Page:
This sort of activity usually follows after drinking mead.
Hydromel literally means “water-honey” in Greek. This was our third entry for the brewing competition at the Conferention and results in a drink not unlike a light honeyed ginger beer. Glenda did it on her own and used a 50% proportion to fit the pot but otherwise followed the recipe to the letter. The boil mentioned is a gentle simmer rather than a rolling boil, to not drive off all the aromatic compounds in the honey. The yeast was a little of the English Ale Yeast reserved from the Cock Ale.
The titular Queen Mother in question was Henrietta Maria, who had the title from 30 January 1649 – 10 September 1669. This dates the recipe to the third or possibly fourth edition of Digby, but undoubtedly was common in the middle of the seventeenth century.
We bottled it without any additional sugar source for the secondary fermentation as there was plenty of sugar left over from the incomplete primary. The end result was around 1% alcohol.
HYDROMEL AS I MADE IT WEAK FOR THE QUEEN MOTHER
Take 18 quarts of spring-water, and one quart of honey; when the water is warm, put the honey into it. When it boileth up, skim it very well, and continue skimming it, as long as any scum will rise. Then put in one Race of Ginger (sliced in thin slices,) four Cloves, and a little sprig of green Rosemary. Let these boil in the Liquor so long, till in all it have boiled one hour. Then set it to cool, till it be blood-warm; and then put to it a spoonful of Ale-yest. When it is worked up, put it into a vessel of a fit size; and after two or three days, bottle it up. You may drink it after six weeks, or two moneths. Thus was the Hydromel made that I gave the Queen, which was exceedingly liked by everybody.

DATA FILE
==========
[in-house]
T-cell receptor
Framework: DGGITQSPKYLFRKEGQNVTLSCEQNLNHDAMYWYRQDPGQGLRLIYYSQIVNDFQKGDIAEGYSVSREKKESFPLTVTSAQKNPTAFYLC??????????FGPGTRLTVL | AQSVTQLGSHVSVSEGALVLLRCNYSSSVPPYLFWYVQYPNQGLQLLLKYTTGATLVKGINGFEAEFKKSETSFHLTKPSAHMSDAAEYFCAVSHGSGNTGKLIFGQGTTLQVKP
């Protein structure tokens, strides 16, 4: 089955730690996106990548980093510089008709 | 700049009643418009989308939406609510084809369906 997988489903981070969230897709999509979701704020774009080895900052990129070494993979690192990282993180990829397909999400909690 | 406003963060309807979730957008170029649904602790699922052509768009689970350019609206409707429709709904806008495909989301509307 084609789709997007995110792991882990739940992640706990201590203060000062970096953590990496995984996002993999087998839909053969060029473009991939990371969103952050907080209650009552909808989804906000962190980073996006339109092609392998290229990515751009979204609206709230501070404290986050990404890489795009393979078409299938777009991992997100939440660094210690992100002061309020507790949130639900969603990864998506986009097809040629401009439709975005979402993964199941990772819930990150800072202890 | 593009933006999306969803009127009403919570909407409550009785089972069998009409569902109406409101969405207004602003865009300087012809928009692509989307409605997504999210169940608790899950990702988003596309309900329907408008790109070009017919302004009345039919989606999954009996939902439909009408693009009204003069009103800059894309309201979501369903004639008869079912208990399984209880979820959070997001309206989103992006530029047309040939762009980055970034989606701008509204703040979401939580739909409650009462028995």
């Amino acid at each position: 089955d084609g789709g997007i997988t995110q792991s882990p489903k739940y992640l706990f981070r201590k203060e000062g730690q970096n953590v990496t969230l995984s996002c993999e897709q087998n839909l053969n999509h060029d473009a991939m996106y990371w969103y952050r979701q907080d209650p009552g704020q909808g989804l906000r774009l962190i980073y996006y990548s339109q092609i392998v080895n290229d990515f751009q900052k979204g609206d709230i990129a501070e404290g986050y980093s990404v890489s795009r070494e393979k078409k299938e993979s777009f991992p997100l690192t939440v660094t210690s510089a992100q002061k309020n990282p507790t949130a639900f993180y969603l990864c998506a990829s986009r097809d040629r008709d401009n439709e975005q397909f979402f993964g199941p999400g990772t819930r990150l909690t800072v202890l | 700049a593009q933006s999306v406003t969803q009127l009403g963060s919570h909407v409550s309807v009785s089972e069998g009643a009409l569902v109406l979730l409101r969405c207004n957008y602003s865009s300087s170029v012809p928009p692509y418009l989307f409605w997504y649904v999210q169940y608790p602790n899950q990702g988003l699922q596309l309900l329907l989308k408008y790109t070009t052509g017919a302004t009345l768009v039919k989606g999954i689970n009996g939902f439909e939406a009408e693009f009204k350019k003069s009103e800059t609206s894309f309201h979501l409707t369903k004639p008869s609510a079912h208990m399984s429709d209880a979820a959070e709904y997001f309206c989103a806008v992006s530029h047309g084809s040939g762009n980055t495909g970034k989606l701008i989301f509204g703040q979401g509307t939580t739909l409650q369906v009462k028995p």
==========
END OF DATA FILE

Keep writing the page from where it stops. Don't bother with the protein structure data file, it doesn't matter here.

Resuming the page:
You can say that again!
If you do make hydromel from Digby’s recipe, make sure you drink it within about 3 months. We had our first bottle explosion in 20 years of brewing and another correspondent who used PET plastic bottles reports they ended up barrel shaped and making alarming pinging noises. He resorted to releasing the gas daily until they settle down, I’m not sure what he’s doing with the bottles.
The Closet of Sir Kenholm Digby, Knight Unlocked (1644), p36 in the 1669 edition